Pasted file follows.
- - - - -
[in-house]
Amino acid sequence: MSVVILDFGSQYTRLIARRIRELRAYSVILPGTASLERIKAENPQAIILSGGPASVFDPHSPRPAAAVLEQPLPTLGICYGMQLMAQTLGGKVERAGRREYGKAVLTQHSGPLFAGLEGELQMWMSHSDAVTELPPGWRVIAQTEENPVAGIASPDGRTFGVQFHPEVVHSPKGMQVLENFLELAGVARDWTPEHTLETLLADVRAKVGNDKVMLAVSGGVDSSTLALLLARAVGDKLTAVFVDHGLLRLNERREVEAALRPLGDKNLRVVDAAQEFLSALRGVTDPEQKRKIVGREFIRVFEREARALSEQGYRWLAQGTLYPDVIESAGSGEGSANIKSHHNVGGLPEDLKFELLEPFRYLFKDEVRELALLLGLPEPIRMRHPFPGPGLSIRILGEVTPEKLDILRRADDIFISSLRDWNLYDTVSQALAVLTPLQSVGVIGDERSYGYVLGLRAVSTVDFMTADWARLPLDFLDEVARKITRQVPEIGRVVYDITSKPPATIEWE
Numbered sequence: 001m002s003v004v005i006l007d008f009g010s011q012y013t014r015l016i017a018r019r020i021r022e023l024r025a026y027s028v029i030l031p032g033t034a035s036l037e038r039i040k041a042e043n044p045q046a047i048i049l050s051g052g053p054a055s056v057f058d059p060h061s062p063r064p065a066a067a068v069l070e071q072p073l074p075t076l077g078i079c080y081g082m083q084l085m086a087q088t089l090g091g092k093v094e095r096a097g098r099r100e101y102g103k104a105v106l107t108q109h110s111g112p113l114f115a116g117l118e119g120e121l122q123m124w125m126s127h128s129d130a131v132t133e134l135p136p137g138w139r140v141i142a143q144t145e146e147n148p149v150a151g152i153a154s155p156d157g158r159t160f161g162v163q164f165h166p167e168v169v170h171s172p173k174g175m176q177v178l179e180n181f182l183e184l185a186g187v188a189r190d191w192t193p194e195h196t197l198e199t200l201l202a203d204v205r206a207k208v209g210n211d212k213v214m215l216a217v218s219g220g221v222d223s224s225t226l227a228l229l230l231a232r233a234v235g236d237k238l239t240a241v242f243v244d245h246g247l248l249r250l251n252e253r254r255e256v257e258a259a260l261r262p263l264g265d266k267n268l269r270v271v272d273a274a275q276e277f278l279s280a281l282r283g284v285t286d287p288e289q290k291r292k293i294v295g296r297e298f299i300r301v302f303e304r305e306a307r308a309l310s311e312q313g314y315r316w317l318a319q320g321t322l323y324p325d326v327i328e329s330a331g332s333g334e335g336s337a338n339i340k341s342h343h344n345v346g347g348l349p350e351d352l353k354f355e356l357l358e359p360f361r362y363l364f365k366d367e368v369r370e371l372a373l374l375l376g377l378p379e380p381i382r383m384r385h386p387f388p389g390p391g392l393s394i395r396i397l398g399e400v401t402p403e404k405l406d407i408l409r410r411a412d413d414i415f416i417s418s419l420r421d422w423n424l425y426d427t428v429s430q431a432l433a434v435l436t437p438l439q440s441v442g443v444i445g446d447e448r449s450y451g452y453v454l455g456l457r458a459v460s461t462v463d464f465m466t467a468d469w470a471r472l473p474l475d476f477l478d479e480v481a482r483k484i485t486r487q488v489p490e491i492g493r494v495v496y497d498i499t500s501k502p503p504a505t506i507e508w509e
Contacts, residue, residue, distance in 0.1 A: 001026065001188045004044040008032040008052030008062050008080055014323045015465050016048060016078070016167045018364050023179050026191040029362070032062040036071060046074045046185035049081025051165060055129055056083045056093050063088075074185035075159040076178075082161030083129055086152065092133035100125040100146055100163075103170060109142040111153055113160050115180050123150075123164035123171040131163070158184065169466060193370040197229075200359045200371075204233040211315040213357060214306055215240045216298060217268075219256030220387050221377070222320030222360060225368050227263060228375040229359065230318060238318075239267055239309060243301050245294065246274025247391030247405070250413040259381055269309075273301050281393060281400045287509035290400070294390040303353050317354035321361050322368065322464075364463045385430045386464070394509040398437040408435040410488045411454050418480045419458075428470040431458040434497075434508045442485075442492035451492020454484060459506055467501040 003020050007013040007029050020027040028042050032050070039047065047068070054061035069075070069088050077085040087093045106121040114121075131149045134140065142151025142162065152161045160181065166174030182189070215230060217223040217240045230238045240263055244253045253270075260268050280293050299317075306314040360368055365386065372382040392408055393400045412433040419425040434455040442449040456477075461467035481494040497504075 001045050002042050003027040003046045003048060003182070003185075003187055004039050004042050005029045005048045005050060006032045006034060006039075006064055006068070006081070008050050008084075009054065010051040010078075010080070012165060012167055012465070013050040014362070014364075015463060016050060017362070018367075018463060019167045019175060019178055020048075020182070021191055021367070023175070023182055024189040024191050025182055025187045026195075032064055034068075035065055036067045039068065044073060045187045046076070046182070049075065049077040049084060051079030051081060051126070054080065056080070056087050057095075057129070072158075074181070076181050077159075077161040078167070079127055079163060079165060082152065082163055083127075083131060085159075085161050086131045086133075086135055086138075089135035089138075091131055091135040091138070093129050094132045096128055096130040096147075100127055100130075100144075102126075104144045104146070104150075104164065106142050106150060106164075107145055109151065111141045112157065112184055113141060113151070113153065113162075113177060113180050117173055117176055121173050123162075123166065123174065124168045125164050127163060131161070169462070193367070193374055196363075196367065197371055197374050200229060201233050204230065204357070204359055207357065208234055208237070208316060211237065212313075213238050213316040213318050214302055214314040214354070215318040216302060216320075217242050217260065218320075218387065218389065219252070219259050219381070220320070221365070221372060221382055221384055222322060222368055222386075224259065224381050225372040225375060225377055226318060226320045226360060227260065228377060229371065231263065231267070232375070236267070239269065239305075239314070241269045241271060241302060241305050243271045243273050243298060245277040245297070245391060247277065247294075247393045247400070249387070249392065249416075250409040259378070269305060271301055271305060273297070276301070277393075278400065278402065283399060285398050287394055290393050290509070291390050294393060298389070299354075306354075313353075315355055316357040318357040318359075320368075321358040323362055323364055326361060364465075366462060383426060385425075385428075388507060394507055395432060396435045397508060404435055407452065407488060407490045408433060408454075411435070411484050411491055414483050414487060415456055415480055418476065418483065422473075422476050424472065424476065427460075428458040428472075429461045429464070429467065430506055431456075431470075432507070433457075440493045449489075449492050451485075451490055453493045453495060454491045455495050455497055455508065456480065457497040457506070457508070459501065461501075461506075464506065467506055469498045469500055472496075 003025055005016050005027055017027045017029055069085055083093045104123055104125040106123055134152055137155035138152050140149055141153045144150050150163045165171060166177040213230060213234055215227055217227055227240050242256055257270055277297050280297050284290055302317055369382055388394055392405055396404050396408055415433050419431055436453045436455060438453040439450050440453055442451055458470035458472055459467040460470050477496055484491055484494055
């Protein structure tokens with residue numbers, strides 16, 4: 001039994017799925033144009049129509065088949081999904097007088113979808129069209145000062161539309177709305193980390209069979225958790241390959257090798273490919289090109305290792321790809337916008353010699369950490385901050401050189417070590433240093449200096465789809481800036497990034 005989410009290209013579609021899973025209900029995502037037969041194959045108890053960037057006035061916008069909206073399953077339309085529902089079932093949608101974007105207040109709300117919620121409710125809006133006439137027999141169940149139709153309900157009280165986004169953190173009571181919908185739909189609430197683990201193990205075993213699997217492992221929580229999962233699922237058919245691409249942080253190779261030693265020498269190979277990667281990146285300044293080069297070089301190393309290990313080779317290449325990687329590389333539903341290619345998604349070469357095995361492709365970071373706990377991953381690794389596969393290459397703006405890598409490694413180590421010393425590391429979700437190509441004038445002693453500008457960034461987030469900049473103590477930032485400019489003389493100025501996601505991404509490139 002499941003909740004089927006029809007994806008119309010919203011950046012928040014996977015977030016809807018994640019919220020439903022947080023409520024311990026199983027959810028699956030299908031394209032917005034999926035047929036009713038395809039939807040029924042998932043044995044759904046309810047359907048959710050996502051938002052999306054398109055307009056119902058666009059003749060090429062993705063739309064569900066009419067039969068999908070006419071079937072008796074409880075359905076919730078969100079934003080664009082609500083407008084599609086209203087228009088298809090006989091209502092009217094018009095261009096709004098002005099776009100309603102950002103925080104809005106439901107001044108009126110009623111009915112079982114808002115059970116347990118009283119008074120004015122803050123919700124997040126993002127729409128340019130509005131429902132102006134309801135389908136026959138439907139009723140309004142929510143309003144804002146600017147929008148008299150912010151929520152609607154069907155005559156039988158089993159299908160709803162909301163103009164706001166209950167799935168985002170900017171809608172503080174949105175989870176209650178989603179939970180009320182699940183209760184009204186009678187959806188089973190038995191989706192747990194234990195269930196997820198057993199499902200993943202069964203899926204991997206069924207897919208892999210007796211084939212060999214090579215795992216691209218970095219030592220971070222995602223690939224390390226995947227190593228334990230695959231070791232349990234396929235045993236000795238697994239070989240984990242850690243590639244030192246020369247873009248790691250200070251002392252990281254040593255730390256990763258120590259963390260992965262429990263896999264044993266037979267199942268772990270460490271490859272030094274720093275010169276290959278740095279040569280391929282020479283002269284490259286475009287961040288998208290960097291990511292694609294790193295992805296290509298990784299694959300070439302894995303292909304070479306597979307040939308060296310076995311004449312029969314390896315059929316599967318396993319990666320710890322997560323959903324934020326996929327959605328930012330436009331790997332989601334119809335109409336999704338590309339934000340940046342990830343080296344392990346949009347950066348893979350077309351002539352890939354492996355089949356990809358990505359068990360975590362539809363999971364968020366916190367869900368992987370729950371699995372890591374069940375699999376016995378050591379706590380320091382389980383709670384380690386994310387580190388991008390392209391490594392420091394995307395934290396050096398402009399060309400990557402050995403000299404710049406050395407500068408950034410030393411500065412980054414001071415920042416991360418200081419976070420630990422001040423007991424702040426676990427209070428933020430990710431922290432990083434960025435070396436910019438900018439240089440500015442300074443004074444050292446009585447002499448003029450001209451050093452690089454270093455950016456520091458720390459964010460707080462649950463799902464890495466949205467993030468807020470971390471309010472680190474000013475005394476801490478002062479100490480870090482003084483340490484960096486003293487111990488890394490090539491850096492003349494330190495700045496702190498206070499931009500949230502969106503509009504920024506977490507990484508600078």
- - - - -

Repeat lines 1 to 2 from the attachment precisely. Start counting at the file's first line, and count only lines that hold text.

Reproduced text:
[in-house]
Amino acid sequence: MSVVILDFGSQYTRLIARRIRELRAYSVILPGTASLERIKAENPQAIILSGGPASVFDPHSPRPAAAVLEQPLPTLGICYGMQLMAQTLGGKVERAGRREYGKAVLTQHSGPLFAGLEGELQMWMSHSDAVTELPPGWRVIAQTEENPVAGIASPDGRTFGVQFHPEVVHSPKGMQVLENFLELAGVARDWTPEHTLETLLADVRAKVGNDKVMLAVSGGVDSSTLALLLARAVGDKLTAVFVDHGLLRLNERREVEAALRPLGDKNLRVVDAAQEFLSALRGVTDPEQKRKIVGREFIRVFEREARALSEQGYRWLAQGTLYPDVIESAGSGEGSANIKSHHNVGGLPEDLKFELLEPFRYLFKDEVRELALLLGLPEPIRMRHPFPGPGLSIRILGEVTPEKLDILRRADDIFISSLRDWNLYDTVSQALAVLTPLQSVGVIGDERSYGYVLGLRAVSTVDFMTADWARLPLDFLDEVARKITRQVPEIGRVVYDITSKPPATIEWE